SELECTING from among elected local or regional leaders offers a better chance of crowning the best among equals. In a parliamentary form of government, the prime minister may not be popular in the nation’s eyes, but he or she can be regarded as the most revered and respected among the members of parliament, as well as the best one to lead the entire government. As such, one must put a premium on competence, qualifications, integrity and leadership in choosing a prime minister. In this mode of selection, national prominence becomes an eventual reward for good governance, not a prerequisite for victory.

Since the members of parliament shall only be elected at the local level, the cost of joining this exclusive club of legislators becomes significantly lower. Perhaps, millions of pesos will still be necessary to win, but definitely not billions. Hence, the pressure to betray the people’s trust is diminished. Corruption is lessened.

Paired with a parliamentary form of government is a federal system of power-sharing and governance. The regional characteristics of our diversified society must be constitutionally acknowledged and strengthened. Our distinct regional differences and divided loyalties must become an advantage, instead of a disadvantage. Regional or local governments are in the best position to micromanage the needs, aspirations and programs of their communities. The dynamics of separate local economies that are tied with the fundamental macro controls of the national government has made many countries, like our neighbor Malaysia, prosperous and progressive.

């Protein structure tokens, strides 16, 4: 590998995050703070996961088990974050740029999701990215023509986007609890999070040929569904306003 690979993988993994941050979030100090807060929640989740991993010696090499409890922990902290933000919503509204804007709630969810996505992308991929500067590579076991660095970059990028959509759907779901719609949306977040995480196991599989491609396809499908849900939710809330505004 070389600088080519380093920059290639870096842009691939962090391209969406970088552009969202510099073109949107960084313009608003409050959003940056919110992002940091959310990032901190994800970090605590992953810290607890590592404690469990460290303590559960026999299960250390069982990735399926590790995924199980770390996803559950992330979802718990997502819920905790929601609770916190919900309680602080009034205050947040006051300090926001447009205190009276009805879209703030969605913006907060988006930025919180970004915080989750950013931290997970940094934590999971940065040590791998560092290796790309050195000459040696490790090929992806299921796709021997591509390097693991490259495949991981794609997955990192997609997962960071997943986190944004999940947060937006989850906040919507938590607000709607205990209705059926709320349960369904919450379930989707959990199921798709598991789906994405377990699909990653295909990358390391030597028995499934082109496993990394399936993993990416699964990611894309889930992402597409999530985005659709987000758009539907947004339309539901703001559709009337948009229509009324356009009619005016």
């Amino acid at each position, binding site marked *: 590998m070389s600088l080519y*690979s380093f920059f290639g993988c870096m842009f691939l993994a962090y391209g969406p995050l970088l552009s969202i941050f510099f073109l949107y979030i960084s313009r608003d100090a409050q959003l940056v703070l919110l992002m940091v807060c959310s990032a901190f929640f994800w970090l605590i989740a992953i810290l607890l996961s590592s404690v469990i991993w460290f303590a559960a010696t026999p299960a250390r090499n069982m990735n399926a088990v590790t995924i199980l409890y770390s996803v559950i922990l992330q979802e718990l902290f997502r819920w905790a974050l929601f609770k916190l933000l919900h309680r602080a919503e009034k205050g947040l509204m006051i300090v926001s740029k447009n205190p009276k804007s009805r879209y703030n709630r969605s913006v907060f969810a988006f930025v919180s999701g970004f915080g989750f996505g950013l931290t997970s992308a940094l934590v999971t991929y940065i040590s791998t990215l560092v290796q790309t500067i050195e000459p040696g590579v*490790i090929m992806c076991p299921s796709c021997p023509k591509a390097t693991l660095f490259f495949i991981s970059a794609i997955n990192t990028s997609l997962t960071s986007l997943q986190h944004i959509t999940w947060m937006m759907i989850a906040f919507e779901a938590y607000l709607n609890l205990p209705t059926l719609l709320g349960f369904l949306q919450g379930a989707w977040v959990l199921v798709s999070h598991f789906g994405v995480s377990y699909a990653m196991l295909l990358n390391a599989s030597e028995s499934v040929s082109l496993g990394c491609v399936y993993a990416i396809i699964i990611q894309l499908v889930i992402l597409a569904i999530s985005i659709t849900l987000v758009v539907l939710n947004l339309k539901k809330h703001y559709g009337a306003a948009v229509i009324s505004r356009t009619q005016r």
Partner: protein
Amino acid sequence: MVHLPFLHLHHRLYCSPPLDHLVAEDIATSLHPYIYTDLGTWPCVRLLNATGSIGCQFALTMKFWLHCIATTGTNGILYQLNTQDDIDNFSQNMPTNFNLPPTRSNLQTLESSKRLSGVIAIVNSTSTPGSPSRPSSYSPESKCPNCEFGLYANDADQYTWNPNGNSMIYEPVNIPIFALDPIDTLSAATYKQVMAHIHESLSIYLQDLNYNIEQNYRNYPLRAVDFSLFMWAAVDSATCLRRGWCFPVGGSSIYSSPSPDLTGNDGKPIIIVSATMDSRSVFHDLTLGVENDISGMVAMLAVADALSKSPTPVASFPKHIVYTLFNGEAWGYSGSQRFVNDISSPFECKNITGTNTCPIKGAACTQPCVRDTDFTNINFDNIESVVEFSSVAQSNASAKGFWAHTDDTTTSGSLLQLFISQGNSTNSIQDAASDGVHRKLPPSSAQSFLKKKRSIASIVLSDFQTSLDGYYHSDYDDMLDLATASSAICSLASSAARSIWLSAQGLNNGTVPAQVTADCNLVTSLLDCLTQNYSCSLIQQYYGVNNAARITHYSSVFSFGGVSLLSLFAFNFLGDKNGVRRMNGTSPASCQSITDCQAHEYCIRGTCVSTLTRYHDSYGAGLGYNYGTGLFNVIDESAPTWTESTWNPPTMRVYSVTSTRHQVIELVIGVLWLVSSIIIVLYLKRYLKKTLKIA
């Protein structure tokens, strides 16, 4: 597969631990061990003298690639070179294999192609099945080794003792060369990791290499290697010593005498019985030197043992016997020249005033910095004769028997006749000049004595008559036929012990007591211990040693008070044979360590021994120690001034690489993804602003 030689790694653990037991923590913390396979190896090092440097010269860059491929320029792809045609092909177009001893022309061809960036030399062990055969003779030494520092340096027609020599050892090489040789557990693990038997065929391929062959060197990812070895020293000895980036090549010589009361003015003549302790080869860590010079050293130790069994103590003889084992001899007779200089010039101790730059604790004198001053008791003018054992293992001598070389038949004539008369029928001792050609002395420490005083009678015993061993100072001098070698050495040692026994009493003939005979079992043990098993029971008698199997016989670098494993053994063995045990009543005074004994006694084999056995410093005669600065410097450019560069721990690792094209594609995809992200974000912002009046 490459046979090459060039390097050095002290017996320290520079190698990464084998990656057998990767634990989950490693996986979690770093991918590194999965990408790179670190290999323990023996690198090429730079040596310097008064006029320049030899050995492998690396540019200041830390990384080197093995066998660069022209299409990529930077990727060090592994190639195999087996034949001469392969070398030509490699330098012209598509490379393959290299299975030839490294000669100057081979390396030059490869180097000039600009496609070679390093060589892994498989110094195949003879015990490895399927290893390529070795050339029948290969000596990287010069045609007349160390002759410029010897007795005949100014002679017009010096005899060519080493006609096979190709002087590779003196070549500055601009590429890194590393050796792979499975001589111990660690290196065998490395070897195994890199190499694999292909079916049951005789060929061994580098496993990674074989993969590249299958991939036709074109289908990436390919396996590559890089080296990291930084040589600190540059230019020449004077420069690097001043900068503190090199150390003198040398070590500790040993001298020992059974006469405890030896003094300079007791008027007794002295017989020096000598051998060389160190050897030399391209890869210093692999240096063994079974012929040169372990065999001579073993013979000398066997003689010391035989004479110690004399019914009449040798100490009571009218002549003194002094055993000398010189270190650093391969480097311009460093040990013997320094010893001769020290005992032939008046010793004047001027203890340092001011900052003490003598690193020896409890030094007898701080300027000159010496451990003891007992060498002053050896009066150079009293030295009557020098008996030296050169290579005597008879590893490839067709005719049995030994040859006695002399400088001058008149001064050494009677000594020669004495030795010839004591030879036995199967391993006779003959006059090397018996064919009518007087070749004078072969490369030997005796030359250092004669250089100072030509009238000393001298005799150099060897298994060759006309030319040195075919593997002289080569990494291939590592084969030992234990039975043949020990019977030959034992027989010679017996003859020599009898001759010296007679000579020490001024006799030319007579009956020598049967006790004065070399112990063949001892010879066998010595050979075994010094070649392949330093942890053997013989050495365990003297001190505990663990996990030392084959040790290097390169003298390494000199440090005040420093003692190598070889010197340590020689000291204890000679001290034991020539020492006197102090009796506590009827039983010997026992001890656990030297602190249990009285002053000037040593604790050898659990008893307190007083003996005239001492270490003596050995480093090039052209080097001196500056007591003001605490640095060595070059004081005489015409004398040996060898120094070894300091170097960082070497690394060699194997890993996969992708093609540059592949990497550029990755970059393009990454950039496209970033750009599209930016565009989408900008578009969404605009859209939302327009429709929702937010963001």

Our distinct local cultures can be harnessed to produce a vibrant regional tourism sector. In this new form of government, the current autonomy enjoyed by our Muslim brothers and sisters in Mindanao becomes a legal and integral component of our political organization. In our current presidential system of government, granting even limited autonomy is being viciously challenged in our courts because of some constitutional issues.

More important, replacing a weak and abusive prime minister and his or her Cabinet is easier. Choosing a new leader is possible without the chaos that is inevitably part of our current political system. Parliament can be dissolved and replaced with a better set of leaders.


The quest for political transformation

CHANGING our government into a parliamentary and federal system may not happen soon, given our desire to protect the Constitution.

Unfamiliarity with this particular system can intimidate our decision-makers and the electorate. However, as a nation, we must begin the discourse on whether our current political system serves us well or perpetually obstructs our best interests and welfare. Our national leaders must bravely explore beyond our political horizon and lead the country into adopting a more efficient and effective system of governance. The economic well-being of our people must be of paramount importance in this effort.


Ariel Nepomuceno is the deputy commissioner for the Enforcement Group of the Bureau of Customs.